Title of the work: Ex-abrupto
Instruments: (188.8.131.52. - 184.108.40.206. - Pf. and Cel. [1 es.] - Perc.[Vibr., Tot., 5 Pt . antichi, 2 Ps., Wbl., G. Javanese, Anvil, 2 Trg., Fr., 2 Bass Drum, Mr., Xyl., 3 Tbl., Tp., Spring Coil, Cv., M., Whistle, Cp., Tt., Glock., 2 Congas] - Strings: 220.127.116.11.1.)
Composer: Javier Torres Maldonado.
Duration: 16' ca.
Publisher: Edizioni Suvini Zerboni - Milano (for more information please send an e-mail to my publisher).
Dedicatee: to the memory of the Mexican indians who were killed in 1998 at Acteal, Chiapas.
Prize: Prix des musicians - Nouvel Ensemble Moderne. Exabrupto was selected to represent Mexico and Latin America during the Forum for Young Composers of UNESCO (Montréal.) The piece received too the Prize Da Capo by the Brandenburg Biennial, Branderburger Symphoniker, Germany.
Commission: Nouvel Ensemble Moderne.
World premiere: Montréal, Salle Claude Champagne, Forum 98, November 1998 - Nouvel Ensemble Moderne, dir. L. Vaillancourt.
Score (only with authorization).
A CD dedicated to the music of Javier Torres Maldonado, produced by Stradivarius Recordings
Exabrupto (1997-1998), for ensemble divided in three instrumental groups, piano and celesta.
Nouvel Ensemble Moderne, Lorraine Vaillancourt, cond.
"...Echar abajo las paredes entre el hombre y el hombre, juntar lo que fue separado..." (...tear down the walls between man and man, unite what has been divided). This quotation from Cántaro roto by Octavio Paz appears at the beginning of Exabrupto (1997-98) and is by way of a dedication to the memory of the Mexican indians who were killed in 1998 at Acteal, Chiapas.
The internal structure of the work is based on the idea of invading, as the title suggests: in fact Exabrupto consists of two musically and rhythmically strongly contrasting movements which are not played in succession but in fact co-exist, the second one gradually replacing the first, interrupting its discourse by introducing a series of fragments which progressively get longer until they take over entirely. These highly dramatic “invasions” not only create sudden breaks but also the manner in which this happens is highly theatrical and the fractures in the soundscape are as sudden as they are jarring; to this writer the contrast between these two soundworlds appears to be almost a metaphor for that between life and death.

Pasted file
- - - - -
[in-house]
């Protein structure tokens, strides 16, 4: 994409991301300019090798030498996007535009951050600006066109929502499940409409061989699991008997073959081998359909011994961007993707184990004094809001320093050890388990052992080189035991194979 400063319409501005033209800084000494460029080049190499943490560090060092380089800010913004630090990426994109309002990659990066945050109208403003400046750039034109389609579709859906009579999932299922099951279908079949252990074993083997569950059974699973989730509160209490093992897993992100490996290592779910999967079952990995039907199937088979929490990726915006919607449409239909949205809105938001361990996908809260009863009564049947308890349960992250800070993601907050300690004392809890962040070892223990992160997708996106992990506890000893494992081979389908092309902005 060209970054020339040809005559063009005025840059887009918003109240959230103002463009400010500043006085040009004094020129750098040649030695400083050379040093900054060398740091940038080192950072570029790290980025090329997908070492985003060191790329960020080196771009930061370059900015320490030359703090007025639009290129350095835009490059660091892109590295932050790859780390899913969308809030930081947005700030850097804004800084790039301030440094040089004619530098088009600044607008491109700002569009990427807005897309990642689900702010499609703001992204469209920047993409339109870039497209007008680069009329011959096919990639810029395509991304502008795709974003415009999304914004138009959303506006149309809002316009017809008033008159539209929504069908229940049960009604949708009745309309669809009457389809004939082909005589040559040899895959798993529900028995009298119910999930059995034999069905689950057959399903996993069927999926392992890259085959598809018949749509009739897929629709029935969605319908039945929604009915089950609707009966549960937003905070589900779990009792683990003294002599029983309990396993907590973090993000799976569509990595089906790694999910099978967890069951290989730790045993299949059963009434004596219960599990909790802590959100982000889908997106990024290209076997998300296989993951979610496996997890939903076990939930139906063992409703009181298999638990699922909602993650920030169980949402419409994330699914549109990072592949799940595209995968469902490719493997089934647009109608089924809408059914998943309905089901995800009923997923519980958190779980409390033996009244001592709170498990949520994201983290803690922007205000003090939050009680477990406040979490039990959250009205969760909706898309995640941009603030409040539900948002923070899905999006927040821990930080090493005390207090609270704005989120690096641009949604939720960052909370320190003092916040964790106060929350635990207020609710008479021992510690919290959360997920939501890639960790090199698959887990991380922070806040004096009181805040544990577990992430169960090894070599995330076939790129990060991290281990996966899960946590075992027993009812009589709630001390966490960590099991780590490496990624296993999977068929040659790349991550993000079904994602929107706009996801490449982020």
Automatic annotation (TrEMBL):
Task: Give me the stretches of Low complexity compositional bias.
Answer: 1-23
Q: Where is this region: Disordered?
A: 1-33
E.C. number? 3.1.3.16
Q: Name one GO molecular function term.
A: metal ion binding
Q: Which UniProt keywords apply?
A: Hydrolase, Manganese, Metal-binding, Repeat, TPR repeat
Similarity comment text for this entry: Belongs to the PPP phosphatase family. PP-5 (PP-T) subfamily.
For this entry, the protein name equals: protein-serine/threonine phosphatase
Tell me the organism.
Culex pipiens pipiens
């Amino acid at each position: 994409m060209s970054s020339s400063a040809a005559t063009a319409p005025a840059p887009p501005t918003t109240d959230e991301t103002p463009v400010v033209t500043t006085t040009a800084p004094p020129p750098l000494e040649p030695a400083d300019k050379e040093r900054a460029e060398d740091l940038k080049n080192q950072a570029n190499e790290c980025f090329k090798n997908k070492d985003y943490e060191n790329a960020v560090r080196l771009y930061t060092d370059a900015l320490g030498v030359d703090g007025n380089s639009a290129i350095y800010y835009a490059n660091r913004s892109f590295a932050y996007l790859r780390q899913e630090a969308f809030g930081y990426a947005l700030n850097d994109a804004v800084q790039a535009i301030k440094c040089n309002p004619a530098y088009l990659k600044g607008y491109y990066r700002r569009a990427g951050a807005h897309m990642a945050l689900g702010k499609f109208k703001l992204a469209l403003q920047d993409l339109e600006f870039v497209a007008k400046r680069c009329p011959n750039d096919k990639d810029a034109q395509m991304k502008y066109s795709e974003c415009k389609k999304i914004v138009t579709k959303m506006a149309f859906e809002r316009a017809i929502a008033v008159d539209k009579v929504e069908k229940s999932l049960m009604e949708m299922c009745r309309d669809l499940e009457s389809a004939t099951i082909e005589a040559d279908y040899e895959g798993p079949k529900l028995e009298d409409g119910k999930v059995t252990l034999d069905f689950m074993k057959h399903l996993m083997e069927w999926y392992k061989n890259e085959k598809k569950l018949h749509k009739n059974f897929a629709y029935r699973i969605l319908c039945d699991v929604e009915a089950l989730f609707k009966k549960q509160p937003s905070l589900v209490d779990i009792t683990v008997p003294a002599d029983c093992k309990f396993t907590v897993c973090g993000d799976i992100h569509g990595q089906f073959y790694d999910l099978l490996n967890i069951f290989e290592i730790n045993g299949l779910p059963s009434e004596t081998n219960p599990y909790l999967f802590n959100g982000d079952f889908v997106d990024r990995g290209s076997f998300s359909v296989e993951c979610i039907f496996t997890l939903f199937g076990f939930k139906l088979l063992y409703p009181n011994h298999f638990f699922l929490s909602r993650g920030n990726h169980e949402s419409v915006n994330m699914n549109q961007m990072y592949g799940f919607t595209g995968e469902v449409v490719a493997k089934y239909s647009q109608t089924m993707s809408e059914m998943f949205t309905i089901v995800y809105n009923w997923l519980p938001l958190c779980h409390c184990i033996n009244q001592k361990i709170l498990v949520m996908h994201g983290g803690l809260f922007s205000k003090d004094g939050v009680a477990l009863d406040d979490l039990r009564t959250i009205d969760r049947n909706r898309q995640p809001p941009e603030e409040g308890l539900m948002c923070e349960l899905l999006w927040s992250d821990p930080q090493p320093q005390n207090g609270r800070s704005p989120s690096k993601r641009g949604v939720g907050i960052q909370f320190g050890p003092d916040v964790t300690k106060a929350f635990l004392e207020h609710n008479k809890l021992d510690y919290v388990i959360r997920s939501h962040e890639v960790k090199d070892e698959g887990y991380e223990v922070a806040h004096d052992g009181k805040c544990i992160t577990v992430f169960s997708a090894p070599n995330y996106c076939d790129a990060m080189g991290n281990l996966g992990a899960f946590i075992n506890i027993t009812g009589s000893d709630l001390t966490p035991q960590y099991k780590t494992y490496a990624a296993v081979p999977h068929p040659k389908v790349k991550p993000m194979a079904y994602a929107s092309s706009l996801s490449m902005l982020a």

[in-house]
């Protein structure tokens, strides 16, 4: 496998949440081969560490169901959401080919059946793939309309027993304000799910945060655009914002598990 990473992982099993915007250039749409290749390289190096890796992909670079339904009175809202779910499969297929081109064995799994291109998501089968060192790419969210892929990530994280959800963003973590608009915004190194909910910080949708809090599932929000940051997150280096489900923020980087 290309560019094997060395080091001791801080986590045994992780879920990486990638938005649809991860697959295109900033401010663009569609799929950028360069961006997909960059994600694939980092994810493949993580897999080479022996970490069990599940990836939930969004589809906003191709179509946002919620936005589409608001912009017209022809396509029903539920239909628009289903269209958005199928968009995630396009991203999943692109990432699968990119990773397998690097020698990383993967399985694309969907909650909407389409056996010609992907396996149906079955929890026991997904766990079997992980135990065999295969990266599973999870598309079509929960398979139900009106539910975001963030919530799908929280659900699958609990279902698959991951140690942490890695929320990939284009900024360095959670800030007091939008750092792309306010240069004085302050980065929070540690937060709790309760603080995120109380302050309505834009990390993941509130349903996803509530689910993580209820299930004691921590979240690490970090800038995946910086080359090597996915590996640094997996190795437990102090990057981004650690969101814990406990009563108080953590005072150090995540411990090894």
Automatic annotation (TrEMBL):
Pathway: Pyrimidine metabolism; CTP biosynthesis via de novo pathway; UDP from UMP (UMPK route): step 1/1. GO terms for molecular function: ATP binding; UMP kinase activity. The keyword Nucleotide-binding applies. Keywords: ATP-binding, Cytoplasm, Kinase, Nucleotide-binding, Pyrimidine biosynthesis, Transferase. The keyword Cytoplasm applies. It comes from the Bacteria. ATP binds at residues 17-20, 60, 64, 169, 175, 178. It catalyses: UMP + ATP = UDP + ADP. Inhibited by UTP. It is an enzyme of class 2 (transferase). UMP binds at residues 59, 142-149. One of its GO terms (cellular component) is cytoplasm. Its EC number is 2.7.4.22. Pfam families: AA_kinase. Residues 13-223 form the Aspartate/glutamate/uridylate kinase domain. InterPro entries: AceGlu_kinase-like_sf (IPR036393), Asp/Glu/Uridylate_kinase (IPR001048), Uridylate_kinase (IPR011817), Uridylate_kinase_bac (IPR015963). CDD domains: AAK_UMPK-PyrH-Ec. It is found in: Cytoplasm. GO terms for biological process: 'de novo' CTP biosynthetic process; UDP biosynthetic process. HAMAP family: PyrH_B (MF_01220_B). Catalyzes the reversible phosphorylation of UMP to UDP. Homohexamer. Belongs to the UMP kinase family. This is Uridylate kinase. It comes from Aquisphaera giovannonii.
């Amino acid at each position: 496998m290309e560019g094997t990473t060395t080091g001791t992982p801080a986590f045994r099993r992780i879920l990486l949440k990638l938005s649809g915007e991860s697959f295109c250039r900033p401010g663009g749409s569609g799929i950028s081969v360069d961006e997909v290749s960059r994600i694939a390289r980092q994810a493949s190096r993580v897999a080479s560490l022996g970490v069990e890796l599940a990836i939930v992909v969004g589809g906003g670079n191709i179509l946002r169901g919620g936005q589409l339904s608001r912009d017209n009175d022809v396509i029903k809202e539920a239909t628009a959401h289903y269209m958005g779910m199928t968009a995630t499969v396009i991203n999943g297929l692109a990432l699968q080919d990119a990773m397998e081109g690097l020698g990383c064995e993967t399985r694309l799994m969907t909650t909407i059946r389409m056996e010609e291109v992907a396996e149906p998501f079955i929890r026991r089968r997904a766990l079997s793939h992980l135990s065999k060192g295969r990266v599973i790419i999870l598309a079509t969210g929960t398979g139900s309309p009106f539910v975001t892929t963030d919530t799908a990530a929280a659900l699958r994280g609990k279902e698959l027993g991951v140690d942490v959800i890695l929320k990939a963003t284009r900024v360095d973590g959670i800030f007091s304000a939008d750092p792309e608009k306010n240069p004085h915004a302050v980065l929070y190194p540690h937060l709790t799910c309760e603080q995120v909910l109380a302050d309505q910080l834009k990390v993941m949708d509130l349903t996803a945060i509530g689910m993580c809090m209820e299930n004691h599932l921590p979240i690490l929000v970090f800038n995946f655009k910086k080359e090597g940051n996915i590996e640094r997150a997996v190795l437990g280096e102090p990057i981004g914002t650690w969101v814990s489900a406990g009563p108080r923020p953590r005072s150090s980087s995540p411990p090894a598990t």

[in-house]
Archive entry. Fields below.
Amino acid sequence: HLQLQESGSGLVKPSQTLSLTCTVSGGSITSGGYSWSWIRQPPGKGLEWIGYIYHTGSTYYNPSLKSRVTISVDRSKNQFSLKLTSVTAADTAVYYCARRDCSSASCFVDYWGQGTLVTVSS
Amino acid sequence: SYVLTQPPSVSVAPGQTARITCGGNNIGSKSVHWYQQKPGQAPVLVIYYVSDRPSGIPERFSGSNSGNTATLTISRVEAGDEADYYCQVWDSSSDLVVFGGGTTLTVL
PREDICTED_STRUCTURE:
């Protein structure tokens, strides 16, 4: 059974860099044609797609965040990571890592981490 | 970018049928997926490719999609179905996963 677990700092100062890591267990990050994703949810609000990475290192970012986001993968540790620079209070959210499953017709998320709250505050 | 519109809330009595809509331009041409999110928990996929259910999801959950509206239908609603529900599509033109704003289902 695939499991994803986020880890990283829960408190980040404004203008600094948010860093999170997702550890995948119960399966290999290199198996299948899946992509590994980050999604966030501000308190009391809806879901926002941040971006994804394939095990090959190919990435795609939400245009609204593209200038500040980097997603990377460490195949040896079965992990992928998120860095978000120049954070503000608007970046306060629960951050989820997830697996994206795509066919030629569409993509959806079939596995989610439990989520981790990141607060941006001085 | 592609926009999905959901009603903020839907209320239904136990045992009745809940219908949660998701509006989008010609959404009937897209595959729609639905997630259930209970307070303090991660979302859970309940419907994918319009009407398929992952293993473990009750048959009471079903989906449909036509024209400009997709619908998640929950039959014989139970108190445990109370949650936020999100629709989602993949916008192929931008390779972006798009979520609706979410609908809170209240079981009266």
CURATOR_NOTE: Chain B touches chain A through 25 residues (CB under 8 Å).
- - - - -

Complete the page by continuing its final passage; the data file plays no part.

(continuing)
This combination and contrast of separation and intersection is apparent in the way in which the orchestra itself is set out: fifteen players are divided into three unusual instrumental groupings which are separated from each other by pianoforte and by percussion:
The two movements of the work also differ in musical structure: the first is entirely based on two chromatically complementary harmonic fields while in the second movement each of the three groupings of instruments develops its own spectral harmonic field with its own fundamental. This of course means that there is plenty of consonance within each grouping but when the three of them play together the result is strongly non-harmonic.
At first hearing, Exabrupto is strikingly effective in the way it manages to combine form and rhythm, because particularly in the first movement the varying rhythms dictate the directions taken by the music. Rhythm thus has an organizing role, whether it is to the fore in the music or as merely part of the backdrop against which the main events of the musical narrative are being played out.